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To compete with AI, companies must show empathy

Harry Rollason
By Harry Rollason on Oct 20, 2017 8:45:00 AM

There have been many changes in the social customer service landscape over the last year—and even the last few months—which are helping to define how brands engage with their customers.

But one of these changes, AI, is going to have far broader repercussions than just social care—with estimates suggesting it will take 38-47 percent of jobs within 50 years. The implications will also be felt within the social care realm. We're already seeing the dawn of an era when AI can be implemented to augment natural-language conversations without the frustration caused by the previous generation of chatbots.

In this new AI driven world brands will need a few more tricks up their sleeve than just high IQ and EQ. We’re going to need what Jack Ma, self-made Chinese billionaire and founder of the world’s sixth largest retailer, calls “LQ.”

According to him, it may be the only competitive advantage we have left.

Are your customers feeling the love?

LQ, that stands for “love quotient,” is the next iteration in our societal obsession with benchmarking ourselves and an attempt at fleshing-out our advantage over the machines.

"A machine does not have a heart, [a] machine does not have soul, and [a] machine does not have a belief,” Ma told a crowd at the Bloomberg Global Business Forum recently. "Human beings have the souls, have the belief, have the value; we are creative, we are showing that we can control the machines." Here at Conversocial, this rings especially true because we’ve been singing this song for years. As brands continue to move their support organizations onto social, they are realizing that there’s a lot more to being human than just a canned-response. There’s a one-to-one relationship that customers expect from brands and even as channels proliferate and support agents turn up the automation to handle it all, it doesn’t excuse them from the niceties of interpersonal connection.

In fact, more than ever, your brand needs a voice, a face, and a deep interest in helping the customer above and beyond the basic function of resolving their complaint.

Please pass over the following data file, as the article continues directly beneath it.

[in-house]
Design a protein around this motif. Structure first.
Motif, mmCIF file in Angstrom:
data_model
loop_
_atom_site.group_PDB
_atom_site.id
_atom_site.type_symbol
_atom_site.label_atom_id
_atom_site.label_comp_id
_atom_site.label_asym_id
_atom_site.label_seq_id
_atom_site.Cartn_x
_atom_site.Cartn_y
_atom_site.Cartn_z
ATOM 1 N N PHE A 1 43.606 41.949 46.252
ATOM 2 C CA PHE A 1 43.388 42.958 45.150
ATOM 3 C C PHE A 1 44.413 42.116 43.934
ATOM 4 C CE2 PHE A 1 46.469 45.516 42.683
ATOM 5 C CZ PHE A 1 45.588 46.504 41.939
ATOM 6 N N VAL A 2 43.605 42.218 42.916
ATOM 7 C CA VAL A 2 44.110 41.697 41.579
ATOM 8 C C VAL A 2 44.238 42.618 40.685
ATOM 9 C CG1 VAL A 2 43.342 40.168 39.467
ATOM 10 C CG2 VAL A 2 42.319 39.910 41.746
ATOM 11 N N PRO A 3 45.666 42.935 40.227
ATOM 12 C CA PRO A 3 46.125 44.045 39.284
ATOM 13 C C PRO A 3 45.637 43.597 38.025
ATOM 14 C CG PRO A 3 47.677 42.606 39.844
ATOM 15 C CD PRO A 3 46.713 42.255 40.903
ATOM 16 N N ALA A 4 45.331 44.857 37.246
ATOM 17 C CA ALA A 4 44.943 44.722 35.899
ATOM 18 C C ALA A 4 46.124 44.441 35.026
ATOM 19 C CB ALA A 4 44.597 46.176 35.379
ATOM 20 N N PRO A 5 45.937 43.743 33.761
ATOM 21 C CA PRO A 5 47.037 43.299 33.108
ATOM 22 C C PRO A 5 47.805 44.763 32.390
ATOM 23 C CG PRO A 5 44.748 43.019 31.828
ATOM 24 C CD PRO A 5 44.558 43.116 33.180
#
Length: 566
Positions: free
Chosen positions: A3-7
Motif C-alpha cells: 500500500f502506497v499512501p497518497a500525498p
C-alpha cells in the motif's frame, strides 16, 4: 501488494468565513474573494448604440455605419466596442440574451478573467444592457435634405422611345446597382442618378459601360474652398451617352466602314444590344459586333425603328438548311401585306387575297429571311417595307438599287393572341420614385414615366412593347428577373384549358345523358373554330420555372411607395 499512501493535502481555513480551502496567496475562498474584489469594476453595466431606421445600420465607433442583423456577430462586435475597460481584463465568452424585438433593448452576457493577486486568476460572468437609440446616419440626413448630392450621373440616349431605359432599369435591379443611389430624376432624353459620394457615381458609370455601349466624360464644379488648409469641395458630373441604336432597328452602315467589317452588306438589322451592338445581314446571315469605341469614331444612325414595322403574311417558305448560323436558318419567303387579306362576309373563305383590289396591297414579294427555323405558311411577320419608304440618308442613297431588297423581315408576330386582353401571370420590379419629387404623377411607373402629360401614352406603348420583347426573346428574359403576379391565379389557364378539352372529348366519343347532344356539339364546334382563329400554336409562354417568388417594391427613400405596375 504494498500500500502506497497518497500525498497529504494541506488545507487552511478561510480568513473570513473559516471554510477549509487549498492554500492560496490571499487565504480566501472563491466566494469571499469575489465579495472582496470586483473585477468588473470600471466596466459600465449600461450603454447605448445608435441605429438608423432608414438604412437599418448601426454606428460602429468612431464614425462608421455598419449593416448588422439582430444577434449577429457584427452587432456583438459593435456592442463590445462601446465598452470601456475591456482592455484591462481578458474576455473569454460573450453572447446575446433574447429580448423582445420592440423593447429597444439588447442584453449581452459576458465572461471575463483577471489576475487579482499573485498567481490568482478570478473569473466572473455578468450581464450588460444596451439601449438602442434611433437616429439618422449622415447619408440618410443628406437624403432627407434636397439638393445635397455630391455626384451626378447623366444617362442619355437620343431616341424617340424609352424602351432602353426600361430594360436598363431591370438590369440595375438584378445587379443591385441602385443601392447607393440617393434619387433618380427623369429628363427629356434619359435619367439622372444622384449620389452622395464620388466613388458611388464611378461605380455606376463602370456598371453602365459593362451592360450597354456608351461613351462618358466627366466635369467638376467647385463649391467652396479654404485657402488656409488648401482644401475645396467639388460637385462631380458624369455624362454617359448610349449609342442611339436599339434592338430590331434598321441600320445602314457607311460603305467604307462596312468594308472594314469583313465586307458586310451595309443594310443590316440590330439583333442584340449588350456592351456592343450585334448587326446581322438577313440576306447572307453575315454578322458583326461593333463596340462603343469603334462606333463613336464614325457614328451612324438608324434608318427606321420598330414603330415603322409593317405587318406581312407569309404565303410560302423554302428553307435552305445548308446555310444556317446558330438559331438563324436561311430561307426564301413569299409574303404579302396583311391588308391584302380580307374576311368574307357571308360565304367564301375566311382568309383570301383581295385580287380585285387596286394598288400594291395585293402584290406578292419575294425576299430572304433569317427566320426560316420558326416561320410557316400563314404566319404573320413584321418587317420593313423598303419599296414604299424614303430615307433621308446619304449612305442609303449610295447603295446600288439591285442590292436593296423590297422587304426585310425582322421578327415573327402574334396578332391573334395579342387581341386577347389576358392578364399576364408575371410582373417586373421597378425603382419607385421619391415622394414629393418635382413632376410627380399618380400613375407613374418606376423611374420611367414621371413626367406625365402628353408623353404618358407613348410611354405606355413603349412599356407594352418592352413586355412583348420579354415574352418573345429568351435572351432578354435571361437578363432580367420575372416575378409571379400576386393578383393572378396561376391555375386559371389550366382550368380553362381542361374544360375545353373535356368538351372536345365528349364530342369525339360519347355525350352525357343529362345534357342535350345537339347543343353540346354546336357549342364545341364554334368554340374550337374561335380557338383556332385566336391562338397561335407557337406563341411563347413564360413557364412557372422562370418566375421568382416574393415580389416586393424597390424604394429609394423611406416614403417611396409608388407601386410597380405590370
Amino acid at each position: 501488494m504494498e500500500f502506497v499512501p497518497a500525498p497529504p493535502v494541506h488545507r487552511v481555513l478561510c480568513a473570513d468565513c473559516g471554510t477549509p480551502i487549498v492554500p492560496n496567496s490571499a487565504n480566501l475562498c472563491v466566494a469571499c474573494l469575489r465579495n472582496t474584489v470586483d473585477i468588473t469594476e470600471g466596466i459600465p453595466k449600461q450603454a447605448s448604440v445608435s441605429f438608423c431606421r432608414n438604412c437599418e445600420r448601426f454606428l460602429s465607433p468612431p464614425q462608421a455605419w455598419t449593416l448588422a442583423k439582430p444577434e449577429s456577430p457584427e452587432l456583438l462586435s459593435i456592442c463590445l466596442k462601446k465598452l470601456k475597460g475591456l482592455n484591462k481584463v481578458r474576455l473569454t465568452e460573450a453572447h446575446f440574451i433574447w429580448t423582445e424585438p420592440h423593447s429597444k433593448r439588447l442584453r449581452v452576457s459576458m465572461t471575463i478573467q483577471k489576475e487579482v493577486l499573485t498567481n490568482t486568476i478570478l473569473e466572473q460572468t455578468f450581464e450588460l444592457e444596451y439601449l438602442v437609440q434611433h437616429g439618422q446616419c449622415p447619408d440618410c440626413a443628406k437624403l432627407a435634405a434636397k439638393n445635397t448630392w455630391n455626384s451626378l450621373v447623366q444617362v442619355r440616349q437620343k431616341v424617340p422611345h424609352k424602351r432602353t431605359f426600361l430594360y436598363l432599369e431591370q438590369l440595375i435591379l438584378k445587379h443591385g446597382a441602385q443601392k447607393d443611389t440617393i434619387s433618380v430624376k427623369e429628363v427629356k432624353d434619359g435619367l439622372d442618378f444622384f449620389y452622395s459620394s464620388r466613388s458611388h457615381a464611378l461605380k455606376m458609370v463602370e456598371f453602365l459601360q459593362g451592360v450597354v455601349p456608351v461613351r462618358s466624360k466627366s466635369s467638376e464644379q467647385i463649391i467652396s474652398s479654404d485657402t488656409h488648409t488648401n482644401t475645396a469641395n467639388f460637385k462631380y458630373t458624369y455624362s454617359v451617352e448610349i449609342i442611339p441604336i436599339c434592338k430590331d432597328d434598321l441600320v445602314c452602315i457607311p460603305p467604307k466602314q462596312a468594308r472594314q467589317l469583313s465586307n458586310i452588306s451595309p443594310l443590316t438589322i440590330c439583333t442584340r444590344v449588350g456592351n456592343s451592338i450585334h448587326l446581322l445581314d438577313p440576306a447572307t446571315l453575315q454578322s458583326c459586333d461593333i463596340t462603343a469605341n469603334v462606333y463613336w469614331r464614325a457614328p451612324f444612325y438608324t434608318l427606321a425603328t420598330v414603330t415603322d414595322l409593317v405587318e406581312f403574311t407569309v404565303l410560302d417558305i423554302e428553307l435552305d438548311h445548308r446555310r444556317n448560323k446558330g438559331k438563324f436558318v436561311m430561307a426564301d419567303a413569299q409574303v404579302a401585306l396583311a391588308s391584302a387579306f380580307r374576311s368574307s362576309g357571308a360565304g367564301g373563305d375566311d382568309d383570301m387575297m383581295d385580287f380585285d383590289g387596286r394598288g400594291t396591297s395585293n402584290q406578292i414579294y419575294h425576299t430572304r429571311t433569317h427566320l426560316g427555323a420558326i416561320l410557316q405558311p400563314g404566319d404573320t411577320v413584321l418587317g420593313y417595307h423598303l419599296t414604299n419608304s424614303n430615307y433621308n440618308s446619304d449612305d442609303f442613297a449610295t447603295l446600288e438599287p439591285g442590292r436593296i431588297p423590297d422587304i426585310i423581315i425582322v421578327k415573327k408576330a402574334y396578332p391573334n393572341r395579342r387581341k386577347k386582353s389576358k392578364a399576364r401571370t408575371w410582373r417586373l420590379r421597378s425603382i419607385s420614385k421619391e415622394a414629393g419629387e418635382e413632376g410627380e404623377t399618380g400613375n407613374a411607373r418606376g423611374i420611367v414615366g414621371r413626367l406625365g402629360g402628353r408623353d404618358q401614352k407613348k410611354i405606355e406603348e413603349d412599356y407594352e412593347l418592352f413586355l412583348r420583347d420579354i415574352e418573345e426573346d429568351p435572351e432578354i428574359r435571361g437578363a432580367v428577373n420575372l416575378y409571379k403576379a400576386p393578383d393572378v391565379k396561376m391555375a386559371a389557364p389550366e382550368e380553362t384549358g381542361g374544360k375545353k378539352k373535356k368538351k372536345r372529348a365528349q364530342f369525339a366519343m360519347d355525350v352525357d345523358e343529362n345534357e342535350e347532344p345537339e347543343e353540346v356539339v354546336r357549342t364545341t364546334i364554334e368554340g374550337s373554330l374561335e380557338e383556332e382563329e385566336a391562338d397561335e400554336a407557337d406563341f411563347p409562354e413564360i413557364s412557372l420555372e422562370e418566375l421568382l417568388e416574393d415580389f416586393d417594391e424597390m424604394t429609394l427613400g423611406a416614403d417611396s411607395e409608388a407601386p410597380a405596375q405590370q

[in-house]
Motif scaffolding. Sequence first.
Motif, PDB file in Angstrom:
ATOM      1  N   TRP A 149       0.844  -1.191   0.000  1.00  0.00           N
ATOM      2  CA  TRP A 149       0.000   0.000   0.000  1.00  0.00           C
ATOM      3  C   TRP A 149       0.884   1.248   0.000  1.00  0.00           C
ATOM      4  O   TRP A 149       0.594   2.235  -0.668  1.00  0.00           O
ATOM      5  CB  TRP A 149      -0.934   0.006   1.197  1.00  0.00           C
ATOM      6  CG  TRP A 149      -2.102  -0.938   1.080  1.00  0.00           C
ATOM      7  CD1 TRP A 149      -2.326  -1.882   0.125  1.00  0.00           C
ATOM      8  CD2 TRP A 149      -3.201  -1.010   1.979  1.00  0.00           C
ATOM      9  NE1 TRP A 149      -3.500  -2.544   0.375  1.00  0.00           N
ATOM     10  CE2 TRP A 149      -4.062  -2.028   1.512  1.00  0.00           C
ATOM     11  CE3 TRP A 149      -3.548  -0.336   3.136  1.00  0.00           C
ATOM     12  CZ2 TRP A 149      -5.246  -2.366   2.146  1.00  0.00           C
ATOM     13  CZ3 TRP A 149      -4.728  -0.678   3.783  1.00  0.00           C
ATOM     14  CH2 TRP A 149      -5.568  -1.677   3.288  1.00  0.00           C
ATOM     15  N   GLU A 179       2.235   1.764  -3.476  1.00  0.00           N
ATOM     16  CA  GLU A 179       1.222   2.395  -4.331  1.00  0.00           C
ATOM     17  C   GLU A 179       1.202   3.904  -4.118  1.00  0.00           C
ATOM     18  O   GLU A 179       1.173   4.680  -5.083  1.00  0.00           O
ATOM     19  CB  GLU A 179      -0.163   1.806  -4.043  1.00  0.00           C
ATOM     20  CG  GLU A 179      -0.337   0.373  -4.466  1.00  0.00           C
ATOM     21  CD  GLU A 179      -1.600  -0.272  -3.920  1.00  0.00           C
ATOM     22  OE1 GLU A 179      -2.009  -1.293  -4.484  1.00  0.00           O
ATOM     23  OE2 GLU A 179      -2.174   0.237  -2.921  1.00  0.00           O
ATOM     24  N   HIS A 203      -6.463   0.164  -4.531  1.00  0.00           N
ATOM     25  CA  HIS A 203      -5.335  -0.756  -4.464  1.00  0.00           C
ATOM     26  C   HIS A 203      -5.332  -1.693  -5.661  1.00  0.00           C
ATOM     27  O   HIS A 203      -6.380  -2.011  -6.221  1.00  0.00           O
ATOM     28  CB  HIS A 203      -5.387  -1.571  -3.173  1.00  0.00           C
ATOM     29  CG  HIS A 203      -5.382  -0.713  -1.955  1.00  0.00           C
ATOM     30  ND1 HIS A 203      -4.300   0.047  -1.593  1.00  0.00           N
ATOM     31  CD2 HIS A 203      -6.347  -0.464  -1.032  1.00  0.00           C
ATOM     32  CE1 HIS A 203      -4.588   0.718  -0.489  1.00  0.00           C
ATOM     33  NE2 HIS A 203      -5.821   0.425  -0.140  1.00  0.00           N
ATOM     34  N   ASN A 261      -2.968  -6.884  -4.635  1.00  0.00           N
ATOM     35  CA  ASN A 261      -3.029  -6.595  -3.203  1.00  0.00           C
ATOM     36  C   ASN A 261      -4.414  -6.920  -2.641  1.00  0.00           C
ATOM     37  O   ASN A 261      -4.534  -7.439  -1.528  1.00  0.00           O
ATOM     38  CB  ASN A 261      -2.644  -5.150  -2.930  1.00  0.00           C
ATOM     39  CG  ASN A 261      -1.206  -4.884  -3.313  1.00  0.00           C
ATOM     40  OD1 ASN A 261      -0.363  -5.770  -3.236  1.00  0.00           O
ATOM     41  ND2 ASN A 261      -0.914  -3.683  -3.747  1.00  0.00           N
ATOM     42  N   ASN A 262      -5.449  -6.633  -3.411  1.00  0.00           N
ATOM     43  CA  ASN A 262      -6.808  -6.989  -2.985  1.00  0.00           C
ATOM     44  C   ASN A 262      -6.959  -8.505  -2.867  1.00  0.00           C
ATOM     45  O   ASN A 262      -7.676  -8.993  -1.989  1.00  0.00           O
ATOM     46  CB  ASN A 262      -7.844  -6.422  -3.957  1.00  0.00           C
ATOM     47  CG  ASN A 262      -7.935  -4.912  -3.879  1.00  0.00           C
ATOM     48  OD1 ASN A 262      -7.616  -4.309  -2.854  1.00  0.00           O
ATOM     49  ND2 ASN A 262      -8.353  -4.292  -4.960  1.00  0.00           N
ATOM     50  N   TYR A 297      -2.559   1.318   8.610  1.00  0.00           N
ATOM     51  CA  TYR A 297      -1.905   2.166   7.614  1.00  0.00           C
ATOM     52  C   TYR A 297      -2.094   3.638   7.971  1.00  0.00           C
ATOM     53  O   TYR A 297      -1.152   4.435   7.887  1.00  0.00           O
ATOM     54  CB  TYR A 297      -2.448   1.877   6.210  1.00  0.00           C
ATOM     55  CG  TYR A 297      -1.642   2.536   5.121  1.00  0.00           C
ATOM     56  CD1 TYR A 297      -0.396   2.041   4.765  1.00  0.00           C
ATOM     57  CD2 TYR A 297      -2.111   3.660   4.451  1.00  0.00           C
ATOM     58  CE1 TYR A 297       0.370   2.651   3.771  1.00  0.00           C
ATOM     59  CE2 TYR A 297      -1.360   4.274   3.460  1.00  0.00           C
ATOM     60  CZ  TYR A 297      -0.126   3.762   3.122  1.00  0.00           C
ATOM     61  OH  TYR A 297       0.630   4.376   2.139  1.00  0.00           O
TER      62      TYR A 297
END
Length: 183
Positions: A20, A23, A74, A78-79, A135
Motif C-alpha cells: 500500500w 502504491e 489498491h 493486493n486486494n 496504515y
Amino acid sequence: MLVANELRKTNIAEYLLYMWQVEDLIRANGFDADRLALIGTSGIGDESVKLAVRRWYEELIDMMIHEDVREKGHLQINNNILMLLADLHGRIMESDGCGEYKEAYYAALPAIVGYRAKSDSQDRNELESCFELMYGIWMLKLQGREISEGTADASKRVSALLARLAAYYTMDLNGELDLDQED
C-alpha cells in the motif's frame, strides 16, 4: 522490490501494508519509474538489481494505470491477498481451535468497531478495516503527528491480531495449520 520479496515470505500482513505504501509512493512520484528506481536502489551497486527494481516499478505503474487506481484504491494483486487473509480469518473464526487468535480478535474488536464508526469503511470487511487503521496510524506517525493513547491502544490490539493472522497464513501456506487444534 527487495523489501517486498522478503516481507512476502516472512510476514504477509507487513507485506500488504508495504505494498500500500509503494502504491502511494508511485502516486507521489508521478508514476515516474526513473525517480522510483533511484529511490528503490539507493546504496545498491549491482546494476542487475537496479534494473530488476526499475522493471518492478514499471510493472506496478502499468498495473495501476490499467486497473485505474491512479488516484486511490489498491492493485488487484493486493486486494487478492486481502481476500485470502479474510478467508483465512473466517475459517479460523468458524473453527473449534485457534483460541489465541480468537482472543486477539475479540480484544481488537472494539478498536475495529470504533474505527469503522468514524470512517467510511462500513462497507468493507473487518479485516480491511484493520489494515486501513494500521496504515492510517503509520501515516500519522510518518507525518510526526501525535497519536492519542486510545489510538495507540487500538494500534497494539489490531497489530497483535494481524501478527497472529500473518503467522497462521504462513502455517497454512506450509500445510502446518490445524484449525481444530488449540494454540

Human support will remain your biggest advantage

Customers increasingly demand human care. Take for example, a traveler who complains about a hair in his or her coffee. It takes IQ to surmise that they want a new cup of joe, but as any human can tell you, that's likely not enough. It requires EQ to take that next step to understand the customer is also seeking emotional validation for his or her experience. Yet even a machine capable of that much is unlikely to find the right words to satiate their desire. (That’s doubly true if the customer knows it’s a machine.)

No, what that customer needs at this point is an escalation. An escalation past the colossal AI intelligence that’s broad and energetic enough to monitor all of social media—and past the deep emotional intelligence that’s sensitive enough to register emotion and cough out appropriate answers—straight up to a good old-fashioned human.

And that human can apologize and make it all right because they have LQ. They care—they can make a real connection—and call it a sixth sense, but customers can tell the difference.

LQ should be at the forefront of all of our business dealings in the coming age of automation. Love should power our customer support, partnerships, investments, and beyond. It’ll be what separates successful brands from the machine-driven ones who, although highly intelligent and endlessly emotional, will completely miss the point.

So when Jack Ma says, "If you're not contributing to the rest of the world, there's no LQ ... Your love is you have to be principled. That's the bottom line,” we are on board. LQ is our most powerful tool.

The future of service remains human, but AI will work in harmony to help scale and operationalize service.

Read our 5th Definitive Guide and learn how to overcome common social customer care challenges to become a paradigm of effortless, in-the-moment social customer service, at scale. 

Topics: Technology

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